Navaro P, Arana G, Etxebarria N, Dean JR (2008) Evaluation of the physiologically based extraction test as an indicator of meat toxicity in mussel tissue. Anal Chim Acta 622:126–132CrossRefGoogle Scholar
  26. 26.
    Ko EA, Han J, Jung ID, Park WS (2008) Physiological roles of K+ channels in vascular smooth muscle cells. J Smooth Muscle Res 44:65–81CrossRefGoogle Scholar
  27. 27.
    Lambert IH, Hoffmann EK, Pedersen SF (2008) Cell volume regulation: physiology and pathophysiology. Acta Physiol 194:255–282CrossRefGoogle Scholar
  28. 28.
    Sobotka L, Allison S, Stanga Z (2008) Basics in clinical nutrition: physiological function and deficiency states of trace elements. e-SPEN 3:259–266CrossRefGoogle Scholar
  29. 29.
    Guerrero-Romero F, Rodriguez-Moran M (2005) Complementary therapies for diabetes: the case for chromium, magnesium and antioxidants. Arch Med Res 36:250–257CrossRefGoogle Scholar
  30. 30.
    Lipkin M, Newark HL (1999) Vitamin D, calcium and prevention of breast cancer: a review. J Am Coll Nutr 18:392S–397SCrossRefGoogle Scholar
  31. 31.
    Nischwitz V, Mogwasi R, Zor S, Kariuki DK, Getenga ZM (2017) A first comprehensive study total and hot water extractable fractions of selected elements in 19 medicinal plants from various locations in Nyamira County (Kenya). J Trace Elem Med Biol 39:54–61CrossRefGoogle Scholar
  32. 32.
    Mogwasi R, Zor S, Kariuki DK, Getenga ZM, Nischwitz V (2018) Sequential extraction as a novel approach to compare 12 medicinal plants from Kenya regarding their potential to release chromium, manganese, zinc and copper. Biol Trace Elem Res 182(2):407–422CrossRefGoogle Scholar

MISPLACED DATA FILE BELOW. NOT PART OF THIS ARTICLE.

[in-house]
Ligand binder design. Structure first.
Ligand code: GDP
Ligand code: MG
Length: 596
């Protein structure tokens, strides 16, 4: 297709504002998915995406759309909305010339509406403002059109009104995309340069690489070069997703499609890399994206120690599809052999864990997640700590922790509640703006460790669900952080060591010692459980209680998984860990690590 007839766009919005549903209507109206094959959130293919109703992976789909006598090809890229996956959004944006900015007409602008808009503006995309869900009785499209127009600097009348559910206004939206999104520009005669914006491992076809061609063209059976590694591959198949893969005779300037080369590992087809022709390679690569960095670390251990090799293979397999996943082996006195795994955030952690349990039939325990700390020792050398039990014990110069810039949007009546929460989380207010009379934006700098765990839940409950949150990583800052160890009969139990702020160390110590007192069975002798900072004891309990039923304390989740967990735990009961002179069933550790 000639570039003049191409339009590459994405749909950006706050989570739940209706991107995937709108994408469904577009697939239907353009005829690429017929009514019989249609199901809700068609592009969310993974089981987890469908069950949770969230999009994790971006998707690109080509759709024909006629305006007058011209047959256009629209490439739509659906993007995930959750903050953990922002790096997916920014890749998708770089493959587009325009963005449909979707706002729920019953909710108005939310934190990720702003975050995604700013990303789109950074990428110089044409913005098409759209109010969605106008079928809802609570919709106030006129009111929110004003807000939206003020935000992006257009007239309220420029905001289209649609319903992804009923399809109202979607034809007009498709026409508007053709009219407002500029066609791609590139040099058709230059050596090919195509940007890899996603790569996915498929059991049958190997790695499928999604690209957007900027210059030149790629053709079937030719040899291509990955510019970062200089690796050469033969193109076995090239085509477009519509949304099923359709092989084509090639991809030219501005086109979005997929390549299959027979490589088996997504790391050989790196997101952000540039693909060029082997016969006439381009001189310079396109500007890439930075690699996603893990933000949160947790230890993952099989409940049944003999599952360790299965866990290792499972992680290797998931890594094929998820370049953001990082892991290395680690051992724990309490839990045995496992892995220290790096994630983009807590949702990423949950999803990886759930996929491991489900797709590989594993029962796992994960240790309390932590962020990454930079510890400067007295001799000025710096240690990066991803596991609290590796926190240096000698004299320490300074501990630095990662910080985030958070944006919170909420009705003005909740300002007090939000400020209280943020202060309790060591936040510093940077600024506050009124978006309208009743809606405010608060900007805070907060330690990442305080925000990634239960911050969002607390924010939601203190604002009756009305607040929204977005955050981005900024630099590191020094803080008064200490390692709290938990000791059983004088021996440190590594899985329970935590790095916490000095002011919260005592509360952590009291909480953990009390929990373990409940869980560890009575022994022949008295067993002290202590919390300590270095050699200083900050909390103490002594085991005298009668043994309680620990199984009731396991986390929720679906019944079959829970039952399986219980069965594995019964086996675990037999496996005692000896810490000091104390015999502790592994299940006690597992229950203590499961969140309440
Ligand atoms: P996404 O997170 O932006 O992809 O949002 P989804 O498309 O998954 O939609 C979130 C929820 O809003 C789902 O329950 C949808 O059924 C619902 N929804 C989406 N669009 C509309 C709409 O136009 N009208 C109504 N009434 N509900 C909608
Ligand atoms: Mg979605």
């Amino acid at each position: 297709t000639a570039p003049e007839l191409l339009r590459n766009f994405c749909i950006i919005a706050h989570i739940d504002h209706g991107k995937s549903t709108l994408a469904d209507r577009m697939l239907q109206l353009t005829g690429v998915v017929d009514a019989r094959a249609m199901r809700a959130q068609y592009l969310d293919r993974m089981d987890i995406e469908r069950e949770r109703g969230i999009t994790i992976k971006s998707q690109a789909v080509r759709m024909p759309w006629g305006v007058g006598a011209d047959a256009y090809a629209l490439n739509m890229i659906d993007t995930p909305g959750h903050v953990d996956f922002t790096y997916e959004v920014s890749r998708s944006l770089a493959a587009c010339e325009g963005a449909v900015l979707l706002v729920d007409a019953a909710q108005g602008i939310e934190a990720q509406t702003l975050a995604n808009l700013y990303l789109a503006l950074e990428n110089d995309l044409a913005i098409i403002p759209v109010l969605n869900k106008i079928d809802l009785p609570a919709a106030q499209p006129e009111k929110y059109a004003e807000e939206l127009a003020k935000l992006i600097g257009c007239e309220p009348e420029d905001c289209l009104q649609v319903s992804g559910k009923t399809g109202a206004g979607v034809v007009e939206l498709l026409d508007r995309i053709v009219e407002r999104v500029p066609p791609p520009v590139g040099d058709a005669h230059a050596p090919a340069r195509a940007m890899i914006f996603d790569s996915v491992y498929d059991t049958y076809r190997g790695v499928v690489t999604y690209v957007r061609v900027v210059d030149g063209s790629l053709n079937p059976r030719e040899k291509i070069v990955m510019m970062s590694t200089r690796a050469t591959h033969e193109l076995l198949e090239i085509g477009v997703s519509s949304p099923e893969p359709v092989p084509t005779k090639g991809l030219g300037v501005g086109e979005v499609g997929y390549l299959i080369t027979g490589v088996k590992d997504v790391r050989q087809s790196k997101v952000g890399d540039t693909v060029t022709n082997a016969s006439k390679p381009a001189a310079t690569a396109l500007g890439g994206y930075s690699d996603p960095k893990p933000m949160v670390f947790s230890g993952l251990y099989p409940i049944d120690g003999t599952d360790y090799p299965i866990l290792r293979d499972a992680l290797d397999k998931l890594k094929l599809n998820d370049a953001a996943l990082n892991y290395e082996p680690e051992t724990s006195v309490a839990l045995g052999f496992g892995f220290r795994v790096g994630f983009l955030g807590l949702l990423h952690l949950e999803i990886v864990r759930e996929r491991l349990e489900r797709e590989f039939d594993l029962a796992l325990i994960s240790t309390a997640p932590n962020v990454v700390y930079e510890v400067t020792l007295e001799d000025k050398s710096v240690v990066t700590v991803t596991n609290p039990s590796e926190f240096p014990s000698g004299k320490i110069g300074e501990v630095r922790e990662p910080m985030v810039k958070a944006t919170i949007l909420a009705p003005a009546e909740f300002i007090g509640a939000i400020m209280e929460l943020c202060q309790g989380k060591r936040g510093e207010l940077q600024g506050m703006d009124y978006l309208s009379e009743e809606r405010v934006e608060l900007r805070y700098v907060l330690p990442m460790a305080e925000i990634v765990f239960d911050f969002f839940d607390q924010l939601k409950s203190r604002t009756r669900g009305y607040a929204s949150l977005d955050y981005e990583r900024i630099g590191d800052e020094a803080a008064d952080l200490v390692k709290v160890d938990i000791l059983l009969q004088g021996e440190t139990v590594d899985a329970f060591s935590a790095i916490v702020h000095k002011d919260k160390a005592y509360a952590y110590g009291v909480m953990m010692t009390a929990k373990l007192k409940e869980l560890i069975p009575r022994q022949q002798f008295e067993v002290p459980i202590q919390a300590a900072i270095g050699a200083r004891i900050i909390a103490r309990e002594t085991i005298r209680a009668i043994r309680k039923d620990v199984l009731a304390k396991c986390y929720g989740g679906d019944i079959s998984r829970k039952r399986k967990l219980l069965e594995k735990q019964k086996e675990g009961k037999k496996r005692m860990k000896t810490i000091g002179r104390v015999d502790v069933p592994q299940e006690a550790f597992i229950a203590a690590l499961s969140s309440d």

33. 33.
    Ugwuja EI, Ugwu NC, Aloke C, Idenyi JN, Nwibo AN, Ibiam UA, Ezenkwa US (2012) Effects of glycaemic status on plasma levels of calcium, chromium, copper, iron, magnesium, selenium and zinc in diabetic rats. Int J Diabetes Res 1:92–95Google Scholar
  34. 34.
    Mogwasi R, Kariuki DK, Getenga MZ, Nischwitz V (2019) Comparison of aqueous and enzymatic extraction combination with sequential filtration for the profiling of selected trace elements in medicinal plants from Kenya. J Trace Elem Med Biol 54:1–7CrossRefGoogle Scholar
  35. 35.
    Anitha E, Praveena V, Babu NGR, Manasa P (2013) Enumeration of foliar fertilizer efficiency in India’s top commercial crop-tea. Int J Innov Res Sci Eng Technol 2(12) ISN 2319-8753Google Scholar